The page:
Jul 11, 2019 - FEFU News
Optical nanomaterials, marine fungi and atmospheric aerosols are studied by FEFU scientists


Scientists of Far Eastern Federal University (FEFU) were among the winners of the youth competition of the Russian Science Foundation in the frames of Presidential program of research projects. They submitted applications at once in several promising areas of scientific activity, including functional optical nanomaterials, studies of the diversity and potential of marine bacteria, studies of marine fungi, the classification of atmospheric aerosol.

The FEFU young scientists' projects cover four areas of the Strategy for the Scientific and Technological Development of the Russian Federation: the transition to advanced technologies, personalized medicine, countering threats, great challenges.

Researcher of the Department of Theoretical and Experimental Physics of the FEFU School of Engineering Stanislav Gurbatov is developing a technology that will allow you to simply and cheaply get new functional optical nanomaterials with controlled characteristics, in particular, hybrid metal-dielectric nanomaterials and nanoparticles. It will be possible to use them in modern optics, optoelectronics and nanophotonics, producing, for example, new chemo- and biosensors, as well as solar cells of the new generation. The scientist proposes to apply the technology of liquid-phase laser ablation - a method of synthesizing nanomaterials due to the effect of pulsed laser radiation on solid targets in liquids and will be engaged in a detailed study of the physicochemical processes that occur when it is used.

An associate professor of the Department of Biodiversity and Marine Bioresources of the School of Natural Sciences of FEFU, Elena Bogatyrenko, will explore the taxonomic diversity and the potential of bacteria in the Sea of ​​Japan to oxidize oil hydrocarbons which are the constituent parts of oil. For this purpose, bottom sediment samples will be taken from the marine areas. The task is to find the microorganisms that will most effectively decompose oil, preventing the consequences of man-made disasters in the sea. Oil-oxidizing bacteria of the Sea of ​​Japan have not been studied, although the problem of environmental pollution in this region is relevant.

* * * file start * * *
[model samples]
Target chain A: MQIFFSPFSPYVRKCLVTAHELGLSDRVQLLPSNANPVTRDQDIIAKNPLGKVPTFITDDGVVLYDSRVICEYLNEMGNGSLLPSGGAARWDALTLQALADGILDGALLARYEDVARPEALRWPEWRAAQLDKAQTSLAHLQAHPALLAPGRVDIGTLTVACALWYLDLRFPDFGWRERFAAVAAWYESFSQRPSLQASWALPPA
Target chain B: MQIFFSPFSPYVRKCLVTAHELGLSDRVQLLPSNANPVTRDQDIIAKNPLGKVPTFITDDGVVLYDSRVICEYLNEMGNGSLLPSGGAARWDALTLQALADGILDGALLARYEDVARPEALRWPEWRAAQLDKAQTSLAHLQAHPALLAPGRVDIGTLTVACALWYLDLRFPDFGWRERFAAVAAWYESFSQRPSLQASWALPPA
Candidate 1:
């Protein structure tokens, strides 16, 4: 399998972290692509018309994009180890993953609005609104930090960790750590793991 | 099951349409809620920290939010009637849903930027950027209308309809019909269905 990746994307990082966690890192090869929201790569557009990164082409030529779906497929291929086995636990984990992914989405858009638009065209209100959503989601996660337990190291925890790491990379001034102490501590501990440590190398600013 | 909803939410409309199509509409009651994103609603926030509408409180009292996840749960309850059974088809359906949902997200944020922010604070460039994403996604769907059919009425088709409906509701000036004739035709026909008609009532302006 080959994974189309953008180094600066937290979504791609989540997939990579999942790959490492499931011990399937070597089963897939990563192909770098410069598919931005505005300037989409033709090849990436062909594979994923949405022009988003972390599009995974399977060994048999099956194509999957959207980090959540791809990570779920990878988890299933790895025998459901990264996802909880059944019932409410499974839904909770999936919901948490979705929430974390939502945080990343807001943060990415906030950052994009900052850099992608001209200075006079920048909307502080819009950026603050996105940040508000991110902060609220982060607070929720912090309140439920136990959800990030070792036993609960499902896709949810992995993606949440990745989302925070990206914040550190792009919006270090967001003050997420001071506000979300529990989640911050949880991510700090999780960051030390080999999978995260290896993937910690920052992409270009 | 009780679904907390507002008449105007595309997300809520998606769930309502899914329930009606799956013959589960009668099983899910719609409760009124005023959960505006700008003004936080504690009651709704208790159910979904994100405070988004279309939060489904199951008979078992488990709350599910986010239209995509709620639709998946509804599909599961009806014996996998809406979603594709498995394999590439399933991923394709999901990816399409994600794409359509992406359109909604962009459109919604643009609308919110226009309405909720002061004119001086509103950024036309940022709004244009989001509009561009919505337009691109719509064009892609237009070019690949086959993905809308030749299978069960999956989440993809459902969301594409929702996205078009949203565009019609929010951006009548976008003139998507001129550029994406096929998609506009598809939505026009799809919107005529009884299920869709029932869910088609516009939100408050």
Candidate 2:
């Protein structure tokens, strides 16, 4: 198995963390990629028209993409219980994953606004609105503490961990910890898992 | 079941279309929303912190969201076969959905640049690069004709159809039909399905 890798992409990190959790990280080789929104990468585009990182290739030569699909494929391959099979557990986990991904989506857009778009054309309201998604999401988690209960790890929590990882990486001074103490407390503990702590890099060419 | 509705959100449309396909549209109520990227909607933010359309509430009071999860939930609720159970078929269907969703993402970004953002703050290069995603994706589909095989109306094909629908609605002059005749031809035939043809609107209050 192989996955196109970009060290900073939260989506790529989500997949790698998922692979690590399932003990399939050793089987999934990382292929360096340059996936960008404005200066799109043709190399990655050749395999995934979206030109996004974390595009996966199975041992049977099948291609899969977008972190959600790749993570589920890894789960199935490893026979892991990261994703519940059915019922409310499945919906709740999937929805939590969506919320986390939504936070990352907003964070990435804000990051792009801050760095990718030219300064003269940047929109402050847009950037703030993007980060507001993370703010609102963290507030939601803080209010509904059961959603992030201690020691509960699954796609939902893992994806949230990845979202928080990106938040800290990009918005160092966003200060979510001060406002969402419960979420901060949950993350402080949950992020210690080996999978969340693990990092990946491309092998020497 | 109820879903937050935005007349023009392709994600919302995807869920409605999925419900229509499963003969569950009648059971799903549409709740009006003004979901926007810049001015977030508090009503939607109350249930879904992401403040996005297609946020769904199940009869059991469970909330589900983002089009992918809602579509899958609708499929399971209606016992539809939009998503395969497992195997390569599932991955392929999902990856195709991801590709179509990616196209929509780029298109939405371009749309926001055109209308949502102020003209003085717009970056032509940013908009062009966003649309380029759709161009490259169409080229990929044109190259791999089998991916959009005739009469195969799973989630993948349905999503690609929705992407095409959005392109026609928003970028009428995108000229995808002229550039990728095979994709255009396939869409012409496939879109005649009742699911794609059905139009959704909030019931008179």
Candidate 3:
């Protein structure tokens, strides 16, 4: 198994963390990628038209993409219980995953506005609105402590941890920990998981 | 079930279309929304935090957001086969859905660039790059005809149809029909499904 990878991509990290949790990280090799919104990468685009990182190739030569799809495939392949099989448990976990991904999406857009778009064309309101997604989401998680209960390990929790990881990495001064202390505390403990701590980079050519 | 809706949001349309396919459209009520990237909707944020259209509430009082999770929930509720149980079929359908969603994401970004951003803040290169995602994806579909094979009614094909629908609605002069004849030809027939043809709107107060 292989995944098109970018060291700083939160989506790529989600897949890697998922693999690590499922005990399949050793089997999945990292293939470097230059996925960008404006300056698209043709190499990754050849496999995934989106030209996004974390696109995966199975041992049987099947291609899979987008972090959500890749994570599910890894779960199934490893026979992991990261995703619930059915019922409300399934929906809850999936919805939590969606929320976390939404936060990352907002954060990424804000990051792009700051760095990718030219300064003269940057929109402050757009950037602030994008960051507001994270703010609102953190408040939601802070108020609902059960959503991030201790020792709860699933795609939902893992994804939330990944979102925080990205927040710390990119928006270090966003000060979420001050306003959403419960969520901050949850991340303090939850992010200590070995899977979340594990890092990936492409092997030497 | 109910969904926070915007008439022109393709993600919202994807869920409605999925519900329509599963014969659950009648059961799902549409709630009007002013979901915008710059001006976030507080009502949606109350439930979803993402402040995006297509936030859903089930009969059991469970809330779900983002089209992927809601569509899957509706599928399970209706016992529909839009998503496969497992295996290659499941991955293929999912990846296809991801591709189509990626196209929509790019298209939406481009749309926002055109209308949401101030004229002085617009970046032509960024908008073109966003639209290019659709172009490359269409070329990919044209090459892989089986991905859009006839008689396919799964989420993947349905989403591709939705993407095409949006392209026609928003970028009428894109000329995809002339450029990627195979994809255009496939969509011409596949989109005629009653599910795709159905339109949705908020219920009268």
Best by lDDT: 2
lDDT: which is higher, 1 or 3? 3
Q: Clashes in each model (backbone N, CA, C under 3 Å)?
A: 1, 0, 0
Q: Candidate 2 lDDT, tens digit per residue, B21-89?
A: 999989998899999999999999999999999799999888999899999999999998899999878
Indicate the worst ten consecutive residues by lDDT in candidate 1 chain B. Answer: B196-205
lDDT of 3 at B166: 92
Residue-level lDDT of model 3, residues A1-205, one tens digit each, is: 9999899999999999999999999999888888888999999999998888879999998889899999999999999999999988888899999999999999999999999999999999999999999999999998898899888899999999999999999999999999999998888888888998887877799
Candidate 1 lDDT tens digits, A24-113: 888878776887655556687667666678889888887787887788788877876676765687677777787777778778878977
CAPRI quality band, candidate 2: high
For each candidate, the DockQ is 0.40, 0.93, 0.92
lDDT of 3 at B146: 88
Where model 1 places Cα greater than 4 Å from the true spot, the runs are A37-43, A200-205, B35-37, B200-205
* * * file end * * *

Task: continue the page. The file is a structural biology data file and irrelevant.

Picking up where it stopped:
The Head of the Laboratory of Biologically Active Compounds of the Department of Bioorganic Chemistry and Biotechnology of the School of Natural Sciences of FEFU Olesya Zhuravleva investigates the biological activity of compounds isolated from marine microscopic fungi of the Sea of Okhotsk and South China Seas. The task of the scientist is to identify the most effective molecules for the fight against tumors and bacteria. The most promising compounds in the future will be components of the new generation of drugs.

Konstantin Shmirko, a researcher at the FEFU School of Natural Sciences, a researcher at the Institute of Automation and Control Processes of the Far Eastern Branch of the Russian Academy of Sciences, is working on the classification and definition of the effective volume radius of atmospheric aerosol. The concept of the research is based on the application of the effect (law) of Umov, discovered by the Russian physicist Nikolai Umov in 1905. The scientist intends to estimate the size and index of the degree of light refraction by aerosol (dust) particles in the Earth's atmosphere, as well as to classify them. This information will help develop satellite signal correction algorithms that are often distorted by dust particles in the atmosphere.